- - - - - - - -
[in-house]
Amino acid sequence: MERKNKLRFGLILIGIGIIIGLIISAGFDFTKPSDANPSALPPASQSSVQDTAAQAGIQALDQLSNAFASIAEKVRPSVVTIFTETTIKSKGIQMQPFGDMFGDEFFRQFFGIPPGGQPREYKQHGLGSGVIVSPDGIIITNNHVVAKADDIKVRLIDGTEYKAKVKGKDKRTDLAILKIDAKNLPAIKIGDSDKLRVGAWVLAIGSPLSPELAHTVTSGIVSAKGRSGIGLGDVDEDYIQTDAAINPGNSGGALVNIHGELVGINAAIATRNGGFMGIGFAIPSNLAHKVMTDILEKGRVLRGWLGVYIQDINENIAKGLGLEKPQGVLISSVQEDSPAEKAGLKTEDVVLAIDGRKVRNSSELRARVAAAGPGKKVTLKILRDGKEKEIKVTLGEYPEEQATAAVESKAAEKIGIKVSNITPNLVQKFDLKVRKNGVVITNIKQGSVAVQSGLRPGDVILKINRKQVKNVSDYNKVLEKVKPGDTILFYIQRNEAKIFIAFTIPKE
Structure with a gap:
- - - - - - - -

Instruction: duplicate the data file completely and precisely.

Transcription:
[in-house]
Amino acid sequence: MERKNKLRFGLILIGIGIIIGLIISAGFDFTKPSDANPSALPPASQSSVQDTAAQAGIQALDQLSNAFASIAEKVRPSVVTIFTETTIKSKGIQMQPFGDMFGDEFFRQFFGIPPGGQPREYKQHGLGSGVIVSPDGIIITNNHVVAKADDIKVRLIDGTEYKAKVKGKDKRTDLAILKIDAKNLPAIKIGDSDKLRVGAWVLAIGSPLSPELAHTVTSGIVSAKGRSGIGLGDVDEDYIQTDAAINPGNSGGALVNIHGELVGINAAIATRNGGFMGIGFAIPSNLAHKVMTDILEKGRVLRGWLGVYIQDINENIAKGLGLEKPQGVLISSVQEDSPAEKAGLKTEDVVLAIDGRKVRNSSELRARVAAAGPGKKVTLKILRDGKEKEIKVTLGEYPEEQATAAVESKAAEKIGIKVSNITPNLVQKFDLKVRKNGVVITNIKQGSVAVQSGLRPGDVILKINRKQVKNVSDYNKVLEKVKPGDTILFYIQRNEAKIFIAFTIPKE
Structure with a gap: